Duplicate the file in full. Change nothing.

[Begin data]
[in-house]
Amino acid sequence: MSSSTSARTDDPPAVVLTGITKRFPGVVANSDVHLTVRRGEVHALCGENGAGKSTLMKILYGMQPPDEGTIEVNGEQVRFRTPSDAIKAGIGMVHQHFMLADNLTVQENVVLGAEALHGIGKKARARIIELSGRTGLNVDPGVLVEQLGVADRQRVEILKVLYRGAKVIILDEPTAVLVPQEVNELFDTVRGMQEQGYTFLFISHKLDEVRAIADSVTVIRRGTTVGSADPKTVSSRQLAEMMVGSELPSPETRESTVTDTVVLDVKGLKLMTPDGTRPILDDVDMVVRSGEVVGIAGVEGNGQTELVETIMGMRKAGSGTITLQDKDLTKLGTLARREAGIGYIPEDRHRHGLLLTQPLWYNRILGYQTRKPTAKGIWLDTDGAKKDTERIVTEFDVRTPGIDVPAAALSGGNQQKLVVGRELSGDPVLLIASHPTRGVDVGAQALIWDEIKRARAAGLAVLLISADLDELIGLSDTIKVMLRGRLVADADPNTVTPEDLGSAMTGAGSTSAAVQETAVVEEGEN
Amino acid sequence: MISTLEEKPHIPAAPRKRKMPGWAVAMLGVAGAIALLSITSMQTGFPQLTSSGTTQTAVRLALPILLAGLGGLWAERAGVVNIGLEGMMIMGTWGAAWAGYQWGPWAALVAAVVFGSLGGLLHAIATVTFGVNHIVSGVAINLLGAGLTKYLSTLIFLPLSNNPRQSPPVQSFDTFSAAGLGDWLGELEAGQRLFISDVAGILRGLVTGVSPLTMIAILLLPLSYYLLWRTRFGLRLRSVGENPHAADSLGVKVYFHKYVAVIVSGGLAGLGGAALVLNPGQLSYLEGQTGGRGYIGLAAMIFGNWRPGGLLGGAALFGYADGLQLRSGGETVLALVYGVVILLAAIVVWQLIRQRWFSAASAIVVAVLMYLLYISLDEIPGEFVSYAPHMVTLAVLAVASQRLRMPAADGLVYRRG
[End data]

[in-house]
Amino acid sequence: MSSSTSARTDDPPAVVLTGITKRFPGVVANSDVHLTVRRGEVHALCGENGAGKSTLMKILYGMQPPDEGTIEVNGEQVRFRTPSDAIKAGIGMVHQHFMLADNLTVQENVVLGAEALHGIGKKARARIIELSGRTGLNVDPGVLVEQLGVADRQRVEILKVLYRGAKVIILDEPTAVLVPQEVNELFDTVRGMQEQGYTFLFISHKLDEVRAIADSVTVIRRGTTVGSADPKTVSSRQLAEMMVGSELPSPETRESTVTDTVVLDVKGLKLMTPDGTRPILDDVDMVVRSGEVVGIAGVEGNGQTELVETIMGMRKAGSGTITLQDKDLTKLGTLARREAGIGYIPEDRHRHGLLLTQPLWYNRILGYQTRKPTAKGIWLDTDGAKKDTERIVTEFDVRTPGIDVPAAALSGGNQQKLVVGRELSGDPVLLIASHPTRGVDVGAQALIWDEIKRARAAGLAVLLISADLDELIGLSDTIKVMLRGRLVADADPNTVTPEDLGSAMTGAGSTSAAVQETAVVEEGEN
Amino acid sequence: MISTLEEKPHIPAAPRKRKMPGWAVAMLGVAGAIALLSITSMQTGFPQLTSSGTTQTAVRLALPILLAGLGGLWAERAGVVNIGLEGMMIMGTWGAAWAGYQWGPWAALVAAVVFGSLGGLLHAIATVTFGVNHIVSGVAINLLGAGLTKYLSTLIFLPLSNNPRQSPPVQSFDTFSAAGLGDWLGELEAGQRLFISDVAGILRGLVTGVSPLTMIAILLLPLSYYLLWRTRFGLRLRSVGENPHAADSLGVKVYFHKYVAVIVSGGLAGLGGAALVLNPGQLSYLEGQTGGRGYIGLAAMIFGNWRPGGLLGGAALFGYADGLQLRSGGETVLALVYGVVILLAAIVVWQLIRQRWFSAASAIVVAVLMYLLYISLDEIPGEFVSYAPHMVTLAVLAVASQRLRMPAADGLVYRRG